In order to permit movement of the plunger outwardly or downwardly so that the fluid within the barrel or body A is not expelled, the terminal 35 is shifted in the slot 36 to a point adjacent the indicia 36,

Vor the position illustrated in Fig. 3. The

piston is then moved downwardly or outwardly, and due to the fact that the valve plunger 31 is at vthe upper or inner endof the valve casing the downward or outward movement of the piston allows the same to move `through the column of fluid to the position illustrated in Fig. 3.

In order to trap and seal the liuid withinl the barrel in rear of the piston, the valve plungerl 31 is shifted downwardly to the intermediate safety carrying position illustrated in 4l, in which instance the terminal 35 is disposed at a point intermediate the slot or opposite the indicia a0. It will be observed that in moving the plunger upwardly from 'the position .illustrated in Fig. 1 to the position illustrated in Fig. 2, the ports Q6 and 27 allow the air in the barrel to be expelled through the upper end of the valve casing around the stem 33 and through the slot 36.

Vhen it is desired to expel a quantity of the liquid from the syringe, the terminal 35 of the valve stem is moved to the position alongside of the indicia 38 er at the upper end of .the slot, as illustrated in Fig. 3, and the piston is then drawn upwardly or inwar'dly untilthe desired quantity is disposed below er in front of the piston.r The valve plunger is then moved to the position illustrate'd in Figsfl and 2, and outward movement of the plunger will discharge or dispense the quantity of fluid in front onf the piston.

From the foregoing it will be seen that yieldable elastic materiahsuch as rubber7 the necessity of providing packing rings on the small valve plunger is eliminated, while the frictional compression of the casing by the plunger precludes possible leakage therearound.,

.Vhat is claimed is: p

V1. In a syringe, including a barrel, a piston movable therein and having a hollow piston rod provided with a port opening into the barrel at the rear of the piston, anda manually controlled plunger valve movable infsaid piston rod and controlling said port, with a valve stemV extending through said piston rod to the exterior thereofg'a valve casing mounted within the piston' and piston rod having a port registering with the piston rod port, said valve casing constructed of a yieldable material. i A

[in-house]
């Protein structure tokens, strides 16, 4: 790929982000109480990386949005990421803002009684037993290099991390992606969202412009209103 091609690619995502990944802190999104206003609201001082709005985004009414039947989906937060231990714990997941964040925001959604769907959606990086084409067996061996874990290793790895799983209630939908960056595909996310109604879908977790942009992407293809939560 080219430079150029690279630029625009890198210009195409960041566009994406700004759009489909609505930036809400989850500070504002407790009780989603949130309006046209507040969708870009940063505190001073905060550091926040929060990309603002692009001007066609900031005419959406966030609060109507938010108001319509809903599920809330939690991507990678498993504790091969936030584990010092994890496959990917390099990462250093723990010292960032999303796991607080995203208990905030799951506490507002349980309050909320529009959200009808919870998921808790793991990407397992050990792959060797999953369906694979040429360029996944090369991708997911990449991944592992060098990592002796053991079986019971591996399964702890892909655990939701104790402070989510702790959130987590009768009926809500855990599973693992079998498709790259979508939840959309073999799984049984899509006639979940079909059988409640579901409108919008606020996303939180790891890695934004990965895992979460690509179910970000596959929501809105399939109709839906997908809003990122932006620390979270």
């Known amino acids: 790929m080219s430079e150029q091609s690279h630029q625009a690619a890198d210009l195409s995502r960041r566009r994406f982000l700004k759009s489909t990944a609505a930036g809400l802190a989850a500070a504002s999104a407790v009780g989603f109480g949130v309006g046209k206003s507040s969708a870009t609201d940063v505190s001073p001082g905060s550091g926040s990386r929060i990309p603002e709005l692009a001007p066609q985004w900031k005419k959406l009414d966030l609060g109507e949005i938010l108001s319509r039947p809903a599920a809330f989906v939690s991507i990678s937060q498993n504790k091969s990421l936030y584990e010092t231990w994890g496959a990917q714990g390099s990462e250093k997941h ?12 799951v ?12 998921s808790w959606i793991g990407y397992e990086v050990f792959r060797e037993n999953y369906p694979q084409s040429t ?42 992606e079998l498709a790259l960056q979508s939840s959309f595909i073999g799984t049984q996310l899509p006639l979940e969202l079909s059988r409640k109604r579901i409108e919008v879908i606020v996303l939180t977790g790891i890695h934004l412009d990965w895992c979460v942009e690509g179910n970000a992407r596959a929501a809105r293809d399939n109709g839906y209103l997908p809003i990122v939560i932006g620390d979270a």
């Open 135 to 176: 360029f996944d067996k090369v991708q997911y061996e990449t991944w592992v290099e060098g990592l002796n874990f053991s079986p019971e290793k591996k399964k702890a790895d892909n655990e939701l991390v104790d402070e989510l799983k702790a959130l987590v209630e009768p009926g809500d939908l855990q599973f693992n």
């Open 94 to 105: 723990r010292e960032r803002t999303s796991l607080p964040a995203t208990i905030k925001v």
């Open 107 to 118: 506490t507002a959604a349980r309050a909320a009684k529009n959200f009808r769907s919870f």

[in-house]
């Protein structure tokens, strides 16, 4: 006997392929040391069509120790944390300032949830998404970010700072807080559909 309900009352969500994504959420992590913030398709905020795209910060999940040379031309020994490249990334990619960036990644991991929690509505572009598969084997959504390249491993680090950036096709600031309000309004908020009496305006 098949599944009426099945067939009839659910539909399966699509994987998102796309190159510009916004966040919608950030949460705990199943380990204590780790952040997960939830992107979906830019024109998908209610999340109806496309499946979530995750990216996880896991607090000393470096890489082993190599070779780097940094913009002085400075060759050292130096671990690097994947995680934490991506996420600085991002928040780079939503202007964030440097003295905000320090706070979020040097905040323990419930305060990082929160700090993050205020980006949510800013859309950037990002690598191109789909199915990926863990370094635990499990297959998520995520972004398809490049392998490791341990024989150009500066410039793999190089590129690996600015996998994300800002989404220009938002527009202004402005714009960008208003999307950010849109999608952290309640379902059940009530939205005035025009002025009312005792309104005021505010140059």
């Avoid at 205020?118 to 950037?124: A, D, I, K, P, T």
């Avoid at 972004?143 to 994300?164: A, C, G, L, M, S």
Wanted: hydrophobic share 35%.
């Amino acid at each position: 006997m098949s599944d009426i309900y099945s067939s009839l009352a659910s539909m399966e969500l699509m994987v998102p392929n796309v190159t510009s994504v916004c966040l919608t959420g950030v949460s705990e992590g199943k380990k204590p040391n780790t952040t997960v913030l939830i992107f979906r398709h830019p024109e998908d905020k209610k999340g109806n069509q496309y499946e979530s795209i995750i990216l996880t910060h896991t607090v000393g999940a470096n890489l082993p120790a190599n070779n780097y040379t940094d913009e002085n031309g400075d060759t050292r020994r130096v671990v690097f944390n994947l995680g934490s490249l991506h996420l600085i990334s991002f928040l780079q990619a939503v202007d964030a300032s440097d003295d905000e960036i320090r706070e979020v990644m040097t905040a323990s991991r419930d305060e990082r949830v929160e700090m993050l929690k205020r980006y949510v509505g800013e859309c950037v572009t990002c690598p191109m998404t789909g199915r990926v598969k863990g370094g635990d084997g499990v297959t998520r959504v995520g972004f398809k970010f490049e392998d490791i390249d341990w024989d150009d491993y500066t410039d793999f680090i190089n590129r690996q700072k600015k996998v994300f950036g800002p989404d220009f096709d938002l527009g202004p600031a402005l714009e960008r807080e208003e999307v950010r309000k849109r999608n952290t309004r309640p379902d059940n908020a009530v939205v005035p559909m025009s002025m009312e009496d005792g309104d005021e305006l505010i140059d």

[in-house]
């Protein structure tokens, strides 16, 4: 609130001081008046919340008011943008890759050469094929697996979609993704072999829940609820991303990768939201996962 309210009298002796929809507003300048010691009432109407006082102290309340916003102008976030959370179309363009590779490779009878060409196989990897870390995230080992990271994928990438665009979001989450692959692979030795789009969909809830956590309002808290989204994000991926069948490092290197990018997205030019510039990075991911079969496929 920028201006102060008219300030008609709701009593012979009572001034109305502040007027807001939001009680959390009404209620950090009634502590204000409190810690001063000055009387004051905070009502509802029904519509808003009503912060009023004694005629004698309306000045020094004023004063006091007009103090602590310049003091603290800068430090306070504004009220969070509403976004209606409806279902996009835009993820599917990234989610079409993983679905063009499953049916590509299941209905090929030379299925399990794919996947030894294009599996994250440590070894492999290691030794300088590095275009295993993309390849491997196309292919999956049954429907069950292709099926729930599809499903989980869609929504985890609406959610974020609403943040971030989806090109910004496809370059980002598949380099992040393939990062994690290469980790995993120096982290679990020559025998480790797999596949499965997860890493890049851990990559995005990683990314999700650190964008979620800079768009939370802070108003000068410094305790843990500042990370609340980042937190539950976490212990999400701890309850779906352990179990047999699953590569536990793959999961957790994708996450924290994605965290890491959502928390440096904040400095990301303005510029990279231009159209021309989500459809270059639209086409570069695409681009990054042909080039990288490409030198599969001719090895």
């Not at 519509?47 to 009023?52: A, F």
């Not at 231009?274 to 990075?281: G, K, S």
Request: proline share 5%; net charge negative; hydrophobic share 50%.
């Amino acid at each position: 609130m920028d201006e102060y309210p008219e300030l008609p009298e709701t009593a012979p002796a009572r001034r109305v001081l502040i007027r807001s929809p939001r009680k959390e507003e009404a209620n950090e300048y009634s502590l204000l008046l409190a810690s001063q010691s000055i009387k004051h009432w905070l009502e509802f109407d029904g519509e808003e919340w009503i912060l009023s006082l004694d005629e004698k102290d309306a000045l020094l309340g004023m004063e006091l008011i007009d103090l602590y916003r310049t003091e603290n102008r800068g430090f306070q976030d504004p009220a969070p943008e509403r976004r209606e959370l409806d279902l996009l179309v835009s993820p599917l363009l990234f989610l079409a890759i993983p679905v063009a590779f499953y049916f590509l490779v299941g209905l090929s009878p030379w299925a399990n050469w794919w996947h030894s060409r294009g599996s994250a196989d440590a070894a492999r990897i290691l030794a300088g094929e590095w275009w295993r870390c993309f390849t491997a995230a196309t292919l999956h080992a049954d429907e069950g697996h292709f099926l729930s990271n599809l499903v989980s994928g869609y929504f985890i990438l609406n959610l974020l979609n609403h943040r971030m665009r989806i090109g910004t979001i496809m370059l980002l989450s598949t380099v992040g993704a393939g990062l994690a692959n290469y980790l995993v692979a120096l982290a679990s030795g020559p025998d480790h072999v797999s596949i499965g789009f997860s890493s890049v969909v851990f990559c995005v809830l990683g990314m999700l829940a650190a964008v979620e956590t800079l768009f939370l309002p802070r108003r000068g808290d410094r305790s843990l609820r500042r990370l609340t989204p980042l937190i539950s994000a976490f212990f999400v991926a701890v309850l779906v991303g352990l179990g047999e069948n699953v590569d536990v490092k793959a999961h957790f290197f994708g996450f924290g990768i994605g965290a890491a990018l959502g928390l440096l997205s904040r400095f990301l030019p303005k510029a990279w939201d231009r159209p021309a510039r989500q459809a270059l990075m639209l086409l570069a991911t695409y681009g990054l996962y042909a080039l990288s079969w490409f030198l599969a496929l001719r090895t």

2. In a syringe, including abarrel, a Vpiston movable therein and'having a hollow piston rod provided with a port opening into the barrel at the rear of the piston, and a manually controlled plunger valve lmovable in said piston rod and controlling said port, with a valve stem extending through said piston rod to the exterior thereof; a valve casing mounted lwithin the piston and piston rod having a port registering with the piston rod port, said valve lcasing constructed of a yieldable ,material `and having a bore of slightly less diameter than the valve plunger.

3. In a syringe, including a barrel, a piston movable therein and havinga hollow piston rod provided with a port opening into the barrel at the rear of the piston, and a manually controlled plunger vvalve 4movable in said piston rod andcontrolling said port, with a valve stem extending through said piston rod tothe exterior thereof; a vvalve casing mounted within the piston and piston rod having a port registering with the piston rod port, said valve casingl constructed of a yieldable material and having a bore of slightly less diameter than the valve plunger, the said piston rod and piston'head clampingly engaging and holding the valve .casing in associated relation therewith.